Jen Psaki responds to EWTN News Nightly's Owen Jensen question regarding Texas' heartbeat law. / EWTN News Nightly

Washington D.C., Sep 2, 2021 / 15:50 pm (CNA).

President Joe Biden, the second Catholic president in U.S. history, believes that abortion is a “woman’s right,” White House Press Secrentary Jen Psaki said on Thursday. Her comments came in response to a question about Texas’ newly-enacted abortion ban asked by EWTN News Nightly White House Correspondent Owen Jensen.

“I know you've never faced those choices, nor have you ever been pregnant,” Psaki told Jensen, “but for women out there who have faced those choices, this is an incredibly difficult thing.”

Beginning Sept. 1, the “Texas Heartbeat Act” bans abortions statewide after a fetal heartbeat can be detected, which can happen as early as six weeks into pregnancy. The law also enables citizens to enforce the ban through private lawsuits.

When the Supreme Court rejected an emergency request to block the law in a 5–4 decision, Biden declared a “whole-of-government” response to “ensure” abortion access in the state.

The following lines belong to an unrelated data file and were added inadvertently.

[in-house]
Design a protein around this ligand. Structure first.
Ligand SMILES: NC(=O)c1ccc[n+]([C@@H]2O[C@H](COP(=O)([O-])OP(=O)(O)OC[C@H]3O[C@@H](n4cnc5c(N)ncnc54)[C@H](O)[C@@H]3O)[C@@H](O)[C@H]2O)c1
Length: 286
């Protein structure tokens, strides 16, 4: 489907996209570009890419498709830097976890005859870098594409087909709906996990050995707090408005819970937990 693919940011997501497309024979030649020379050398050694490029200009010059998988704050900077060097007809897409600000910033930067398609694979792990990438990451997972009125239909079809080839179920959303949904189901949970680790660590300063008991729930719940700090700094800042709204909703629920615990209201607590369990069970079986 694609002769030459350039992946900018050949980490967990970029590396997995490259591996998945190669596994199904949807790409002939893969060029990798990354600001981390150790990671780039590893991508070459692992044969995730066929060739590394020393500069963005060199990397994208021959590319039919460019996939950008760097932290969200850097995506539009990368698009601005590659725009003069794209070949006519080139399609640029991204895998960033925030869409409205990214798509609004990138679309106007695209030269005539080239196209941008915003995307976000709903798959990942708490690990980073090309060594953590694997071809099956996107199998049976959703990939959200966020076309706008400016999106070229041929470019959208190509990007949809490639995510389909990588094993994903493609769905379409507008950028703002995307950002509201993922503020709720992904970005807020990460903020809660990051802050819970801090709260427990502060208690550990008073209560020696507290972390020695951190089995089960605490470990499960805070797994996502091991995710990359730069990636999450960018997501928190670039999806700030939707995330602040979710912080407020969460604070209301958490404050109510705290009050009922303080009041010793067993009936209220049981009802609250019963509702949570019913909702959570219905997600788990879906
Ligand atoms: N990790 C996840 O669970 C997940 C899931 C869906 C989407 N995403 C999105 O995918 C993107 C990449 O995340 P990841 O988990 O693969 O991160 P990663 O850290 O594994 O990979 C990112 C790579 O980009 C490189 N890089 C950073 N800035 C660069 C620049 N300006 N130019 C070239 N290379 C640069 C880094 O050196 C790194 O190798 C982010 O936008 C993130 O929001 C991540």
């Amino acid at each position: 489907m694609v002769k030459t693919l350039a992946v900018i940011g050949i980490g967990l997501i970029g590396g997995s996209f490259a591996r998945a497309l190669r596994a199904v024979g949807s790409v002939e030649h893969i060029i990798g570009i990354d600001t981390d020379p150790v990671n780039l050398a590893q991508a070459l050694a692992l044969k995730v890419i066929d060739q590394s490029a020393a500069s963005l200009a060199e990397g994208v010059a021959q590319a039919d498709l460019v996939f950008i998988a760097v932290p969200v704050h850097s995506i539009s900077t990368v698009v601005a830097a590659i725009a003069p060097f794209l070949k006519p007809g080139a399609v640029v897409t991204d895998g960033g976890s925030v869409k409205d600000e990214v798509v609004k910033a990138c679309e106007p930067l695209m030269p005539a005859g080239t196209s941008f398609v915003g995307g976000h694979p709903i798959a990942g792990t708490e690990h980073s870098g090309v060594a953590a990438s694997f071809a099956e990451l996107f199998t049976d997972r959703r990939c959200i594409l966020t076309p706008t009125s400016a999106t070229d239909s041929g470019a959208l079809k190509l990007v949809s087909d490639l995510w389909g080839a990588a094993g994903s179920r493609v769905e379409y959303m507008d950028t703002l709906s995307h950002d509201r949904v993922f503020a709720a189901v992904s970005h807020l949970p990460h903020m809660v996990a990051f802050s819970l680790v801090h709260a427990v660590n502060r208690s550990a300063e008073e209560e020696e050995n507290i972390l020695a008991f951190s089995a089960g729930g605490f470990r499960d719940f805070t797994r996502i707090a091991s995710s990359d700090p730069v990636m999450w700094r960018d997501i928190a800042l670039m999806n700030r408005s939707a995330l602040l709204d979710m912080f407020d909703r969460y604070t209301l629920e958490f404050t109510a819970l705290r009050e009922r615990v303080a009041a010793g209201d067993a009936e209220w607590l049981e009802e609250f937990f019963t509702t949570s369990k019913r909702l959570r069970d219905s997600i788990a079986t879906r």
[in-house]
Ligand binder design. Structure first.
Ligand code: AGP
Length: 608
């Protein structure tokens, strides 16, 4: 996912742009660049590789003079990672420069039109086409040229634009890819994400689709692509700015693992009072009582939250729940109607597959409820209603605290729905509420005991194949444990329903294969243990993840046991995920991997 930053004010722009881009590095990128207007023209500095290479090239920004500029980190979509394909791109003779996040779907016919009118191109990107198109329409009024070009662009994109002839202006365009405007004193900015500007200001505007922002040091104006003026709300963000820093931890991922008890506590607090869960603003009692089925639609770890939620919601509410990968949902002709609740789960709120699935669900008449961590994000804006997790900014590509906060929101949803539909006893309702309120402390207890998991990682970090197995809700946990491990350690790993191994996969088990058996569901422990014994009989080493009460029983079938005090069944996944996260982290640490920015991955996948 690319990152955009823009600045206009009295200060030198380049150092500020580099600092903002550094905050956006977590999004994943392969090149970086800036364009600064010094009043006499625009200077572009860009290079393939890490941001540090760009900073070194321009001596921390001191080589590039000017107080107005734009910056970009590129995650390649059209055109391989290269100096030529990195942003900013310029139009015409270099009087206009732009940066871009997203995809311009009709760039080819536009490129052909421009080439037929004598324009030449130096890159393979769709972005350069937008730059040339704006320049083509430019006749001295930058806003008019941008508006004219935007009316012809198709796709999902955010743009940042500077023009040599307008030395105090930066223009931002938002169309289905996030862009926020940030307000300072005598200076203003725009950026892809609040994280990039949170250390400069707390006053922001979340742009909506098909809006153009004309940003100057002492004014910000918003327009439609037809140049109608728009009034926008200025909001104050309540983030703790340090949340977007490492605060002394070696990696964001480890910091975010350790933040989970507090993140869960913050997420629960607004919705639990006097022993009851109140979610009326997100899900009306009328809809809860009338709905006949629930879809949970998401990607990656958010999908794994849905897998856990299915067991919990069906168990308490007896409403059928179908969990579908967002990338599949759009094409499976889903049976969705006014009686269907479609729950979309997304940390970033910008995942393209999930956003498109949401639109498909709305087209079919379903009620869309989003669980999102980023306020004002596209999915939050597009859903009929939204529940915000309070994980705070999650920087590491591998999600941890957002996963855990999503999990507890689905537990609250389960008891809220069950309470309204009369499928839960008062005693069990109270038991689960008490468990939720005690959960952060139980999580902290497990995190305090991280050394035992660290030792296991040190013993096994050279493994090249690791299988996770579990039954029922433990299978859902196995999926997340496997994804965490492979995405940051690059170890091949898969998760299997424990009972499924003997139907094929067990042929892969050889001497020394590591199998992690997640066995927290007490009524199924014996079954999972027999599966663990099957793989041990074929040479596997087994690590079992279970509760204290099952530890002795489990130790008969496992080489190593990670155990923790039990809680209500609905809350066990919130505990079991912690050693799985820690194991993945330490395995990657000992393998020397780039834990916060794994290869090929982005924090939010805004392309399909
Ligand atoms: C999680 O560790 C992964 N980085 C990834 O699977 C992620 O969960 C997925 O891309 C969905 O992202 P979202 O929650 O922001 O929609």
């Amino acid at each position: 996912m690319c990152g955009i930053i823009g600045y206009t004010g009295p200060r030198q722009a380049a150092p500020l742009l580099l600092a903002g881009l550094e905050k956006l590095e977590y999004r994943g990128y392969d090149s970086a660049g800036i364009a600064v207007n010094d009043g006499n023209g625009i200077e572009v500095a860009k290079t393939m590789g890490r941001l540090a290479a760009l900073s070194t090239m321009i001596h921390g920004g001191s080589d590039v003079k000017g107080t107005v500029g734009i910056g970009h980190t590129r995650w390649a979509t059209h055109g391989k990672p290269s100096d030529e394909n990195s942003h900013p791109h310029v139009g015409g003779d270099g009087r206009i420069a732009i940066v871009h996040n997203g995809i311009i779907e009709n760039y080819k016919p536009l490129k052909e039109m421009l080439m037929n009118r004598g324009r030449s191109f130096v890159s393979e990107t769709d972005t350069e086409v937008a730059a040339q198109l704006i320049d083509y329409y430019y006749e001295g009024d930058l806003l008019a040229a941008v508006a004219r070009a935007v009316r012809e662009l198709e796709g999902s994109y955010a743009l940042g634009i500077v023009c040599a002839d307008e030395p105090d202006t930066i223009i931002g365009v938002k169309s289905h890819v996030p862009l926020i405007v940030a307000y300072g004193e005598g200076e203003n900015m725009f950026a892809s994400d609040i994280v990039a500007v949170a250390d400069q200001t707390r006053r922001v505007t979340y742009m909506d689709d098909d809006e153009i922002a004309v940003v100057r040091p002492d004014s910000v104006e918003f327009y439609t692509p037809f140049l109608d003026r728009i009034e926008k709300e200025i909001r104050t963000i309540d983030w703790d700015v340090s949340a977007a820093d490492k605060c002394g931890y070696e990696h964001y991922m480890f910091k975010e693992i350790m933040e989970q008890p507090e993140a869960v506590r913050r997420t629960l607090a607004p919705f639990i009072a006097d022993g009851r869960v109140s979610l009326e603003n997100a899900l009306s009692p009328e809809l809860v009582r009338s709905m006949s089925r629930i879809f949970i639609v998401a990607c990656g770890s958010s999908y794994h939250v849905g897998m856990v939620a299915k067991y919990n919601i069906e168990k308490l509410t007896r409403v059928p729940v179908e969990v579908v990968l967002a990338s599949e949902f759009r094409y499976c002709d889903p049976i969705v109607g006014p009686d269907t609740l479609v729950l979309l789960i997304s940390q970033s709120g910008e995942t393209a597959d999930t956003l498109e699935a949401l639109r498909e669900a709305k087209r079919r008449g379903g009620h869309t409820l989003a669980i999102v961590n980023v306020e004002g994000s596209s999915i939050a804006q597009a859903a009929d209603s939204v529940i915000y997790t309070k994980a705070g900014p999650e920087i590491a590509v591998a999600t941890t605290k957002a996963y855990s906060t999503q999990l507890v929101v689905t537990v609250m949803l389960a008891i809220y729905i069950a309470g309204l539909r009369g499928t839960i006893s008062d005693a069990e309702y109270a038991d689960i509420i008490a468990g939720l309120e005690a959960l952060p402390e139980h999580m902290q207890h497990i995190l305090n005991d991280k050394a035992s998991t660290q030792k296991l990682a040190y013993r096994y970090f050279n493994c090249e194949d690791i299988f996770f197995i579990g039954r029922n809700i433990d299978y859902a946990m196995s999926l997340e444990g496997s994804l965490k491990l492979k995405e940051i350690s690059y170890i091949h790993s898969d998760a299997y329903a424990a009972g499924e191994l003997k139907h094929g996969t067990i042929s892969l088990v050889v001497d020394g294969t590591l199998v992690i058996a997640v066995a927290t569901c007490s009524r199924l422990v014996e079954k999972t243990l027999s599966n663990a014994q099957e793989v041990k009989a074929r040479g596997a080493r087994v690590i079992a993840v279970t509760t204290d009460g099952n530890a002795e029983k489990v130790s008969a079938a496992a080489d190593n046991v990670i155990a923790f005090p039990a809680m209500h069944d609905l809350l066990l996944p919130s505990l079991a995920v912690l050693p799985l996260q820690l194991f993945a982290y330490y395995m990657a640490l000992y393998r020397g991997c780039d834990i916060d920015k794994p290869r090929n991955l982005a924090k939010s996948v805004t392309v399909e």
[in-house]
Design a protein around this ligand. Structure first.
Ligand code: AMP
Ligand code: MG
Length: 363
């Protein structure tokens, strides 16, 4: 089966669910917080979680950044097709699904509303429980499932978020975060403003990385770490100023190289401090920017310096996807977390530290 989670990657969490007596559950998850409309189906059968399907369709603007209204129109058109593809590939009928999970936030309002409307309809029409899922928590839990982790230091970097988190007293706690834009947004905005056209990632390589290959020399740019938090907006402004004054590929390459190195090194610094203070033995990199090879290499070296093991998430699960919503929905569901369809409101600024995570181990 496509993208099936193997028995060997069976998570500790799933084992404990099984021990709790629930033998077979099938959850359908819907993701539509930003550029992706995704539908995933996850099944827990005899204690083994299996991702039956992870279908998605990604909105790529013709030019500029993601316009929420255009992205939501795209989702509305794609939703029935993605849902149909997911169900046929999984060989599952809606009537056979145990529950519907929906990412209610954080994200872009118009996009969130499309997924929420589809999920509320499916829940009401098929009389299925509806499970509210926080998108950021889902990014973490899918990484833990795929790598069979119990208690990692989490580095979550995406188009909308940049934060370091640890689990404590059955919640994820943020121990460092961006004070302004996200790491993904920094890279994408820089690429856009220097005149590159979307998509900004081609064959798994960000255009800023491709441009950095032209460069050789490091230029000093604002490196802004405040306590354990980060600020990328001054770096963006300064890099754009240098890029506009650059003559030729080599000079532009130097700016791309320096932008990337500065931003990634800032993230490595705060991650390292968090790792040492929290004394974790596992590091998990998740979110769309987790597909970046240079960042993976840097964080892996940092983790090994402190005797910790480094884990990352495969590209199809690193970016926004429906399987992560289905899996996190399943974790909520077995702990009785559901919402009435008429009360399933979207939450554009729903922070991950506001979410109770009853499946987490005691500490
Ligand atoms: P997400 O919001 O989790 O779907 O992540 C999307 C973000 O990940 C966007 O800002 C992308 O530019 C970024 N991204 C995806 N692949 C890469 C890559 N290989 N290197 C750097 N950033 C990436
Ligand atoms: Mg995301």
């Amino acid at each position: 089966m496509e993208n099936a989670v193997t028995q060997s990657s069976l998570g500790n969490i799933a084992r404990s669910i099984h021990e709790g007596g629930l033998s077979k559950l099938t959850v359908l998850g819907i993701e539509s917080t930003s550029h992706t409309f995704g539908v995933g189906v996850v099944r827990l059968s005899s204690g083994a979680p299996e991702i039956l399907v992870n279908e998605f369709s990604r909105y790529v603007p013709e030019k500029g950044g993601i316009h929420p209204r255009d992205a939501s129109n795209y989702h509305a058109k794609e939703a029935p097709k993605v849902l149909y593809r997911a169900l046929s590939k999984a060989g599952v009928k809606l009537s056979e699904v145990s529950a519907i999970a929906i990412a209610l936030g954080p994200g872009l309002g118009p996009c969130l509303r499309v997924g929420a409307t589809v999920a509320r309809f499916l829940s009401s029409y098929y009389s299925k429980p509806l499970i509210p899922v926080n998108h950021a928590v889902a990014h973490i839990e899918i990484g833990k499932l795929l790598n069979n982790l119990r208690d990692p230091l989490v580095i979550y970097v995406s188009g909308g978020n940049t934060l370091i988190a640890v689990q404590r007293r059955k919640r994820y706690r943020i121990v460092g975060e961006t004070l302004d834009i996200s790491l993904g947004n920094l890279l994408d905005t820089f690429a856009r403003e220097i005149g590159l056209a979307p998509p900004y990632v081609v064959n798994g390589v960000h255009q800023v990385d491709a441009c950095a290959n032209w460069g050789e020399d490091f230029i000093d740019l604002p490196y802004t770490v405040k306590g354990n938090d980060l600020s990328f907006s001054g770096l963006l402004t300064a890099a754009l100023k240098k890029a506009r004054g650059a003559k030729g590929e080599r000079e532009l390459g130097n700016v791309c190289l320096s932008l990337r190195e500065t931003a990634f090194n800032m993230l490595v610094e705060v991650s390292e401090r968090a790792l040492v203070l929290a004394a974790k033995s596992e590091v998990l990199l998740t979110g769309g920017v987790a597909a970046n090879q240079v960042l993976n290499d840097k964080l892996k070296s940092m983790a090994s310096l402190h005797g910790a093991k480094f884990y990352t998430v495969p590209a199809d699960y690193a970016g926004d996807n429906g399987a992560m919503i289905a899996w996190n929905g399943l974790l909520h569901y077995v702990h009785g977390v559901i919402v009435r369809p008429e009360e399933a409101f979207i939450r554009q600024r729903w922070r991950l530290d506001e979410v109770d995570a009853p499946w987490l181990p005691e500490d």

On Sept. 2, Jensen asked Psaki about Biden’s position at a White House press conference.

"Why does the president support abortion when his own Catholic faith teaches abortion is morally wrong?” he wanted to know.

Psaki said that the president believes that abortion is a “woman's right, it's a woman's body, and it's her choice.”

In a follow-up question, Jensen asked, "Who does he believe, then, should look out for the unborn child?"

According to Psaki, Biden “believes that it's up to a woman to make those decisions and up to a woman to make those decisions with her doctor.”

She added, “The president believes their right should be respected."

The Catechism of the Catholic Church, which summarizes Church teaching, recognizes the inherent dignity and worth of the unborn human person and considers abortion a “crime against human life.” 

“Human life must be respected and protected absolutely from the moment of conception,” the catechism reads. “From the first moment of his existence, a human being must be recognized as having the rights of a person – among which is the inviolable right of every innocent being to life.”

‘We'll get through it’: New Orleans pastor looks to rebuild after Ida

Damage at St. Stephen's Catholic School in New Orleans / Monsignor Christopher Nalty

Washington D.C., Sep 2, 2021 / 15:00 pm (CNA).

A New Orleans pastor whose parish school was severely damaged in Hurricane Ida is bracing himself for a “big expense,” but hopes classroom life will not be overly disrupted for students this year. 

St. Stephen Catholic School, located in Uptown New Orleans, lost the roof of its gymnasium when Hurricane Ida swept through the area on Aug. 29.